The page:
Shoshone Non-motorized Trail System Planning

Current Action:

Shoshone Mountain Bike Route Designation – Scoping Notice

The comment period has ended. Thanks to everyone who submitted a comment.  With the extension of the comment period that Wyoming Pathways was able to obtain, we were able to facilitate a substantial number of comments on this important issue.  Wyoming Pathways staff and board members mobilized to solicit written comments from Governor Matt Mead and the Park County Commissioners, among others. Our Executive Director Tim Young also submitted a written comment and our supporters stepped-up and submitted over 130 comments via the comment form on this page.  Next steps will be for Wyoming Pathways and our community partners to follow up with the Forest to make sure that the improvements to the Route Designation suggested in the comments are implemented.  We will continue to work with the Shoshone on these and other trail issues and will keep you posted on any new developments.

ATTENTION Mountain Bikers:
Shoshone National Forest
New Trails Proposed – But Also Trail Closures – YOUR COMMENTS NEEDED!

The Shoshone National Forest has released a Notice of Proposed Action for mountain bike trails, including some new trails but restricting mountain bikes on other trails. This proposed action will greatly impact your ability to ride a mountain bike in the forest.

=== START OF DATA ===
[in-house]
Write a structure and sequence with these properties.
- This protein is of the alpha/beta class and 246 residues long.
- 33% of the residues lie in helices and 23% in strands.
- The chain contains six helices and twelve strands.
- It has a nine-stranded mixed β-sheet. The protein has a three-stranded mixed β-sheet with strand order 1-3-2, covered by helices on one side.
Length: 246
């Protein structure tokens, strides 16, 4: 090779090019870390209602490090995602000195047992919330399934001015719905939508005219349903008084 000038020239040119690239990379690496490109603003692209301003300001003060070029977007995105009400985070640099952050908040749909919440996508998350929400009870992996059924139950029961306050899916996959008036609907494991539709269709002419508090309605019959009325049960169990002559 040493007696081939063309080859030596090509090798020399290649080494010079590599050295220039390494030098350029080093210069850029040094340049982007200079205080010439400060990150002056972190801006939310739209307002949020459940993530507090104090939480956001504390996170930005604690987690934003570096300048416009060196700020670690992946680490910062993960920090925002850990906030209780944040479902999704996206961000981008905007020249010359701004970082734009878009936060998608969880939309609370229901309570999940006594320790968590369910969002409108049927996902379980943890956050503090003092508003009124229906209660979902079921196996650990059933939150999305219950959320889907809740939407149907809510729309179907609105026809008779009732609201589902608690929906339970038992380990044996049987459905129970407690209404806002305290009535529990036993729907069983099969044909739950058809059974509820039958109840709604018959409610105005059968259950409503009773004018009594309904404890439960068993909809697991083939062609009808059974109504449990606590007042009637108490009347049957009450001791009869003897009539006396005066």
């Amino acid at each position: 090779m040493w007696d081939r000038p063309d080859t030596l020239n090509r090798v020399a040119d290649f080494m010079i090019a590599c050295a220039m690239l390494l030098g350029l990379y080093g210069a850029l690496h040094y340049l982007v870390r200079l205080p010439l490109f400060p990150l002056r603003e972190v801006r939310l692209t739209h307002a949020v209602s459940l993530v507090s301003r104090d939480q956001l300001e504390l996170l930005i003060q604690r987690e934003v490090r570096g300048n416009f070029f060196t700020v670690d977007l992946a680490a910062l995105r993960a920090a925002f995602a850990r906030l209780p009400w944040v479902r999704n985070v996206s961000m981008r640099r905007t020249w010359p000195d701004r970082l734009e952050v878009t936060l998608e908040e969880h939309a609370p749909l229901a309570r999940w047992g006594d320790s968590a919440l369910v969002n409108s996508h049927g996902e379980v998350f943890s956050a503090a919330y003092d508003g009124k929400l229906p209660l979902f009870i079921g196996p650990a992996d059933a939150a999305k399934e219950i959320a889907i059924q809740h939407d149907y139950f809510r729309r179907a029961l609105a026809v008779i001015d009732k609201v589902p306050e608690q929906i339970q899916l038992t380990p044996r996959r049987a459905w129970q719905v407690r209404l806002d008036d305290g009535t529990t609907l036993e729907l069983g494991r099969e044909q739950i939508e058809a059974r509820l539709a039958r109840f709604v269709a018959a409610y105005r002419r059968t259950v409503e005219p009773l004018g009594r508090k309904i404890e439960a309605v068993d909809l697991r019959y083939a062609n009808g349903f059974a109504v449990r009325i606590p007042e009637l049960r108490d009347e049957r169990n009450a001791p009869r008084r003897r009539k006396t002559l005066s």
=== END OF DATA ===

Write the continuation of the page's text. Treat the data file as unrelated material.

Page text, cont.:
Comments are due January 12, 2017. Please take a minute and help comment. Your voice early in the process will help the Shoshone National Forest improve the final plan and enhance public land trails for everyone.

Key parts of the proposal:

  1. The proposed action would designate approximately 35 miles of trails, spread over four Ranger Districts, which would be added to the official Shoshone trail system. Some of this is actual new trail, and some is adding existing non-system trails or old roads. 
  2. However, the proposed action would also limit your riding to a smaller set of trails (system trails) than what you can ride today, because the Shoshone National Forest is proposing to restrict mountain bikes to system trails forest-wide and close all non-system trails to mountain biking.

Jump to make a comment here

Scoping Notice here: and draft maps of existing trails.

What’s being proposed?